Do you know how to make homemade whipped cream? It’s surprisingly quick, easy, and very versatile!
I’m not even sure of the first time I had real whipped cream. It was probably at a bakery or restaurant as we always used Cool Whip at home. I remember using Reddi-wip as a teenager as well as it really doesn’t get much easier than shaking a can and spraying, right? While I enjoy the taste of both Cool Whip and Reddi-wip, both contain corn syrup and other stabilizers that help them have a longer shelf life. Don’t worry, I’m not about to go all food hippie on you guys and say totally down with processed foods (if you read my about page, you’ll see my love for Golden Oreos, after all), but these days I do try to eat more naturally and healthily. So, with my sweet tooth in hand, I of course needed to know how to make homemade whipped cream.
Mr. Grub Geek is actually the first person to really introduce me to making homemade whipped cream several years ago. I recall being amazed at just how quick and easy it was to make even though I had been cooking and baking for a number of years by the time I met him. I’m not sure why I felt that way, I guess because it seemed so odd that a liquid could grow so quickly into something with a wonderfully creamy texture. I do know, however, that the first time he made whipped cream for me, I was sold and haven’t bought Cool Whip since save for a few recipes where Cool Whip really does perform best. Plus, these days in America your dinner guests will likely be quite impressed that you made homemade whipped cream instead of whipping out the can!
Whipped cream can also be a tasty trick used to cover holes in cakes, cracks in cheesecakes, etc. that everyone will assume was meant to be there anyway!
The thing I really love about homemade whipped cream is that it can easily be flavored for whatever dessert or dish you want to use it with. Vanilla or amaretto is fabulous with fruit and berries, chocolate is great with black forest cake, mint with a hot fudge sundae, etc. You can even make savory whipped creams with herbs, lemon, etc. Today, I’m just featuring the basic vanilla version. If you’d like to try another flavor, just substitute the flavor you want for the vanilla, keeping in mind that some extracts or liquors may be stronger or weaker in flavor and sweetness. Just remember one of my biggest mottoes in the kitchen: You can add to, but you can’t take out!
How to Make Homemade Whipped Cream
You can also add more or less sugar (or none at all) depending on how sweet you like things without changing the final texture. There are some tips and tricks to making whipped cream that you can find in my post about tips to make the perfect whipped cream. The biggie for today is to not over whip your cream. You want a silky smooth whipped cream, not one that has started turning into butter – which is still great for other things. This change can happen in around 30 seconds, so watch your whipped cream carefully. I like to use a hand mixer or immersion blender because of this – stand mixers often leave liquid cream in the bottom and are more powerful, so can over-whip faster. The homemade whipped cream recipe can also easily be doubled, or even tripled, etc. to however much you need.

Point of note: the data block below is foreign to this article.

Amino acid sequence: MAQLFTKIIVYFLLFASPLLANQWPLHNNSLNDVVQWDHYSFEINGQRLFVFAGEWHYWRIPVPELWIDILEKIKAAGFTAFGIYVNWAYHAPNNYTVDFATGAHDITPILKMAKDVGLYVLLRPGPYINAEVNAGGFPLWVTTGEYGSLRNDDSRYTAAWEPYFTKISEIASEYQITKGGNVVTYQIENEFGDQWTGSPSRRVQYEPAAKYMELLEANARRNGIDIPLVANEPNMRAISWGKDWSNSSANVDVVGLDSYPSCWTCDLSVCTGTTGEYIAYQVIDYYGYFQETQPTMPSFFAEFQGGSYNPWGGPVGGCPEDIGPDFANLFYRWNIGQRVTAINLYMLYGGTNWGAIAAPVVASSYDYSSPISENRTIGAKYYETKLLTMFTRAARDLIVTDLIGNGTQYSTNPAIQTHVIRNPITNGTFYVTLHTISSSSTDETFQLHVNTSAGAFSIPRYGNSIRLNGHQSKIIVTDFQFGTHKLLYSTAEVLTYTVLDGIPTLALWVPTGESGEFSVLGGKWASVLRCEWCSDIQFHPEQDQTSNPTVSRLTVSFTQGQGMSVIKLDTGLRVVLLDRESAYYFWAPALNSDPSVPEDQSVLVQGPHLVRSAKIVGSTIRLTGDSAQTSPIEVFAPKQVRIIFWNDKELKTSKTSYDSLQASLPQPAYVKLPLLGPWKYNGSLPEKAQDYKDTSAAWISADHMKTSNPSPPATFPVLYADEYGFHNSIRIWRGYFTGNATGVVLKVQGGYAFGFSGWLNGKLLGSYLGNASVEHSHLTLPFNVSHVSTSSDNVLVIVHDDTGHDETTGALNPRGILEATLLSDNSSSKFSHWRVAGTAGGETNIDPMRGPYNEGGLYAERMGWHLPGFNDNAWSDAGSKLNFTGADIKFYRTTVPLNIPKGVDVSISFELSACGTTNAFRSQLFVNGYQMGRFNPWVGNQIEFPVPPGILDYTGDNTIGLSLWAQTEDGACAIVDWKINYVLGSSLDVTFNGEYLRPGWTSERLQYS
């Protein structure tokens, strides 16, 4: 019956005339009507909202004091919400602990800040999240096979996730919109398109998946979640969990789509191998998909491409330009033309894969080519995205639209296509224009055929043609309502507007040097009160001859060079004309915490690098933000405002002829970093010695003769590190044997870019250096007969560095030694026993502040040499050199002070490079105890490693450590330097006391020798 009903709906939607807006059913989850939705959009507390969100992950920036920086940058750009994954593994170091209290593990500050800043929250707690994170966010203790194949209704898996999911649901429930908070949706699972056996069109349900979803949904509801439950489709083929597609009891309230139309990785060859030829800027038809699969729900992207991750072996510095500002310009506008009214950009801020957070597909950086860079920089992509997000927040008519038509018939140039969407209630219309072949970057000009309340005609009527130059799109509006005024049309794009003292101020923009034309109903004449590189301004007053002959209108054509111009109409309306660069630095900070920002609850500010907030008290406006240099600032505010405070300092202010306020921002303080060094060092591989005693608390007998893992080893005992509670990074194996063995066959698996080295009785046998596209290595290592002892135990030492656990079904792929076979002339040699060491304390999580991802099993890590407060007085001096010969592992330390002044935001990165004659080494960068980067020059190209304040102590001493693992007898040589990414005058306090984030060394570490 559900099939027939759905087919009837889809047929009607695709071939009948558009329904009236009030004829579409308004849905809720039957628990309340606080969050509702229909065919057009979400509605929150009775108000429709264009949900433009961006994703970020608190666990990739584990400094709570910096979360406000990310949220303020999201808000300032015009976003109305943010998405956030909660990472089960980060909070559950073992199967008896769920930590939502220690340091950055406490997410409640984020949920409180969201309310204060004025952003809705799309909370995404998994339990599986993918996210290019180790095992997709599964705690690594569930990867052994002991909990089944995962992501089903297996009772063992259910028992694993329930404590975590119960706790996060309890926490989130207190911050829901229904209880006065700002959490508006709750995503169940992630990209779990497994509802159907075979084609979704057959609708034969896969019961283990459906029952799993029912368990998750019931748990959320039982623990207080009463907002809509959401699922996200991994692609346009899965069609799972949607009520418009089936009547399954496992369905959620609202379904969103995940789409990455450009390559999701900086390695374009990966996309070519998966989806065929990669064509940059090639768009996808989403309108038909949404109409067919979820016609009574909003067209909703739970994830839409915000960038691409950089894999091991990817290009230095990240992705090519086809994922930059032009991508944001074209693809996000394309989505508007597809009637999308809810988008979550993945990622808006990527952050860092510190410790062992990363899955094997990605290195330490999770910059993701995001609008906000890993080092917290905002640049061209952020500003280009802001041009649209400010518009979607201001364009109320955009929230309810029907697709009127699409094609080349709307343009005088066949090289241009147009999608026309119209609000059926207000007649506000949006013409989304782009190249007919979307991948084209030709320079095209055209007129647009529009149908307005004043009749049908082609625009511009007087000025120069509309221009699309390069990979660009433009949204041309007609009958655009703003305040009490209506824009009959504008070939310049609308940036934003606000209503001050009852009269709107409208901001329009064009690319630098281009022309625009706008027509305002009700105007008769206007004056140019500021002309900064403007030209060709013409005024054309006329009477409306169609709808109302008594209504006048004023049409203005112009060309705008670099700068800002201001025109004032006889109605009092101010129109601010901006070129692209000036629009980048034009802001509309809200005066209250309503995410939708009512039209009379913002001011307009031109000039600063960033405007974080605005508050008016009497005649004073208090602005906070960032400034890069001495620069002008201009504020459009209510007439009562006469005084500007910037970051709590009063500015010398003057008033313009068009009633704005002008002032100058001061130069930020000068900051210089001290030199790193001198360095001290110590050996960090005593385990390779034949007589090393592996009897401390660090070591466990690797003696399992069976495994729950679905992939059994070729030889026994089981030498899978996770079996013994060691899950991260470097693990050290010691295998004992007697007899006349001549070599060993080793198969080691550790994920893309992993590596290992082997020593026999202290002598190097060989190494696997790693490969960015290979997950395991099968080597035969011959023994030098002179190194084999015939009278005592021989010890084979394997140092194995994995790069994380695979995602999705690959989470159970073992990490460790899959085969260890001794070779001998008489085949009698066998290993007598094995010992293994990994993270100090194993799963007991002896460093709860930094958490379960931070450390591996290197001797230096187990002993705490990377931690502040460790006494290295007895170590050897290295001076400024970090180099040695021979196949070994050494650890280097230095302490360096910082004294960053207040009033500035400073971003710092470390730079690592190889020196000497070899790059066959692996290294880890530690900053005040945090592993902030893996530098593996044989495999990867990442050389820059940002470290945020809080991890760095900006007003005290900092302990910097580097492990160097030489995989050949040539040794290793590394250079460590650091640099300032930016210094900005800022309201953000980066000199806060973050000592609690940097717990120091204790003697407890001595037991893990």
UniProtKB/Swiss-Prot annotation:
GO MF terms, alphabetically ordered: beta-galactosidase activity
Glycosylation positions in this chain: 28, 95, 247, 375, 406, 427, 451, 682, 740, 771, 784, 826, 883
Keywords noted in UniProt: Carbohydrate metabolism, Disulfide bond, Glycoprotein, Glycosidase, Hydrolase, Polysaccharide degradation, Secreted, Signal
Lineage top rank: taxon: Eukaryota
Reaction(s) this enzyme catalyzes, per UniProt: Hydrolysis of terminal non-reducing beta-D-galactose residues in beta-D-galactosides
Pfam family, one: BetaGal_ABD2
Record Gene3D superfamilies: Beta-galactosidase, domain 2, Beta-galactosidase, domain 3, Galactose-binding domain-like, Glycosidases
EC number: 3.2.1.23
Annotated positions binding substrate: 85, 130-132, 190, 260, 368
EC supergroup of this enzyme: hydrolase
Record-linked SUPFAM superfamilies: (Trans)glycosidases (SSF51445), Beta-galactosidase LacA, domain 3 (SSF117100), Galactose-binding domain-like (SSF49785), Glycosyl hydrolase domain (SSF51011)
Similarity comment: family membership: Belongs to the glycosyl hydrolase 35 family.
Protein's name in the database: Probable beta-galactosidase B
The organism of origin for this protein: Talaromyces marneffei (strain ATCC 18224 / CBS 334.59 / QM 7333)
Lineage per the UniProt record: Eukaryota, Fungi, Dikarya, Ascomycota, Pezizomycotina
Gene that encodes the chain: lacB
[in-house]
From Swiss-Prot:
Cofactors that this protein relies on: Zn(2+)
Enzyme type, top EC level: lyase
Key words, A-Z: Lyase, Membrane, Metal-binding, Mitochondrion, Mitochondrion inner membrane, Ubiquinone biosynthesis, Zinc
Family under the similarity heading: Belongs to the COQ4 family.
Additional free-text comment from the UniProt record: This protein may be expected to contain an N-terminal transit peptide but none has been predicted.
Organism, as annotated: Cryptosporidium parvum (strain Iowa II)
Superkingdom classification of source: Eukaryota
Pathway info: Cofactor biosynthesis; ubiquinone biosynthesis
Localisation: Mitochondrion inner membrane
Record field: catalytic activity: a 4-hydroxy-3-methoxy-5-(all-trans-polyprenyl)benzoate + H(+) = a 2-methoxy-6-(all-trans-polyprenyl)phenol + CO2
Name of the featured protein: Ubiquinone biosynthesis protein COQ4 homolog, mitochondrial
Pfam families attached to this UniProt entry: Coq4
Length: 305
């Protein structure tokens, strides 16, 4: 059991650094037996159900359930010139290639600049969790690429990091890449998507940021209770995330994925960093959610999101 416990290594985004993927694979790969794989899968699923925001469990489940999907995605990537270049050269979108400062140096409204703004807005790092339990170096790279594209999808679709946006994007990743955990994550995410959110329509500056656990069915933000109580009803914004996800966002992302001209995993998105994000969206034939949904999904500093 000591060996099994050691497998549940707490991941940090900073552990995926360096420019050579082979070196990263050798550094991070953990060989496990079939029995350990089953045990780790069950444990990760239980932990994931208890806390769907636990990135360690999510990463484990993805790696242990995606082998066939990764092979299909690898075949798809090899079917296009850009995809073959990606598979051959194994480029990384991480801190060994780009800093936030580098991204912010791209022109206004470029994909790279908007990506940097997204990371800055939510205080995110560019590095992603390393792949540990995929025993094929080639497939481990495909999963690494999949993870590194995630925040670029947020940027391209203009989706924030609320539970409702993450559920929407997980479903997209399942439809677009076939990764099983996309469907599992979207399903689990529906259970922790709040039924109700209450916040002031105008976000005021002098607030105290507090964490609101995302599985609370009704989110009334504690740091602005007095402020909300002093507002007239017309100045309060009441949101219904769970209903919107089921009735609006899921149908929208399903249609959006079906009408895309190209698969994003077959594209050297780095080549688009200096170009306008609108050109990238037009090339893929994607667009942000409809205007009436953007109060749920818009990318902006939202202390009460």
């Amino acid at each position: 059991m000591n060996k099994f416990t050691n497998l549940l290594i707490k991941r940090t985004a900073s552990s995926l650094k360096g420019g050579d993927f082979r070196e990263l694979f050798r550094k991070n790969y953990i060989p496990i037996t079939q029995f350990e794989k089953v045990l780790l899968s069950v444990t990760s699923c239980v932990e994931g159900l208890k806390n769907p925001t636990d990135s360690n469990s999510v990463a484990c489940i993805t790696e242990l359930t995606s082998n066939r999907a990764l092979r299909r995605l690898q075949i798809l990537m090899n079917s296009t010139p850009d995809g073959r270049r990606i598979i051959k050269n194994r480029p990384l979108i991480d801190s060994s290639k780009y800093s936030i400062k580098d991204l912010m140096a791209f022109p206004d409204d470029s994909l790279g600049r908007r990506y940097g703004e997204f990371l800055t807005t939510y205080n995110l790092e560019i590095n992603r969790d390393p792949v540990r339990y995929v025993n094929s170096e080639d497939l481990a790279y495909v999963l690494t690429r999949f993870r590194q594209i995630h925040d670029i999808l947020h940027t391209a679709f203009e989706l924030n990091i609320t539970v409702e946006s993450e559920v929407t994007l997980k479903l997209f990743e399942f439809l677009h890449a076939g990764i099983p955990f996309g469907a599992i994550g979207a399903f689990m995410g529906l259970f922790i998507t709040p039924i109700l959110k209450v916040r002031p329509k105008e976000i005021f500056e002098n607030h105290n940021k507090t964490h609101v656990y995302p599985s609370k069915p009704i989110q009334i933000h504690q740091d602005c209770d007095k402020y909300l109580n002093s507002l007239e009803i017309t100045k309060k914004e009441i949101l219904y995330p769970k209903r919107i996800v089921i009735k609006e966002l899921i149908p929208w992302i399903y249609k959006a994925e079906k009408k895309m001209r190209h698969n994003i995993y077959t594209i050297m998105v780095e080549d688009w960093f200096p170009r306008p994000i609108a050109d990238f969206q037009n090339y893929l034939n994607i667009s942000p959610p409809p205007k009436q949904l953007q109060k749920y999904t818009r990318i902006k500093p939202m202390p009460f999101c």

This whipped cream is just a bit over whipped. It can still be used as and be quite tasty as whipped cream, but you can see the bit of graininess where butter granules have started forming and the peaks standing mostly upright instead of it being smooth and silky with the peaks falling on themselves.
- 1 Cup heavy or whipping cream (if you can find one that isn't ultra-pasteurized, it will whip more easily)
- 1 - 3 Tablespoons sugar (can be granulated or powdered/confectioners; I prefer the taste of granulated though the final product can be slightly grainy compared to using powdered)
- 1 teaspoon vanilla extract
- Make sure cream is very cold. You never want to try to make whipped cream with cream that has been sitting out.
- Pour cream into bowl.
- Using whisk, hand or stand mixer, or immersion blender, whisk ingredients together until it just starts to thicken.
- Add in sugar and vanilla.
- Continue whisking until soft peaks form, or when you turn the whisk upside down with whipped cream on it, the peak falls over on itself versus not moving at all.
- Serve immediately.
- Leftovers can be stored in a covered container in the refrigerator for up to 2 days. Whipped cream may lose its volume, but can be whipped back up to soft peaks again.
Just in case you need one more inspiration to make homemade whipped cream: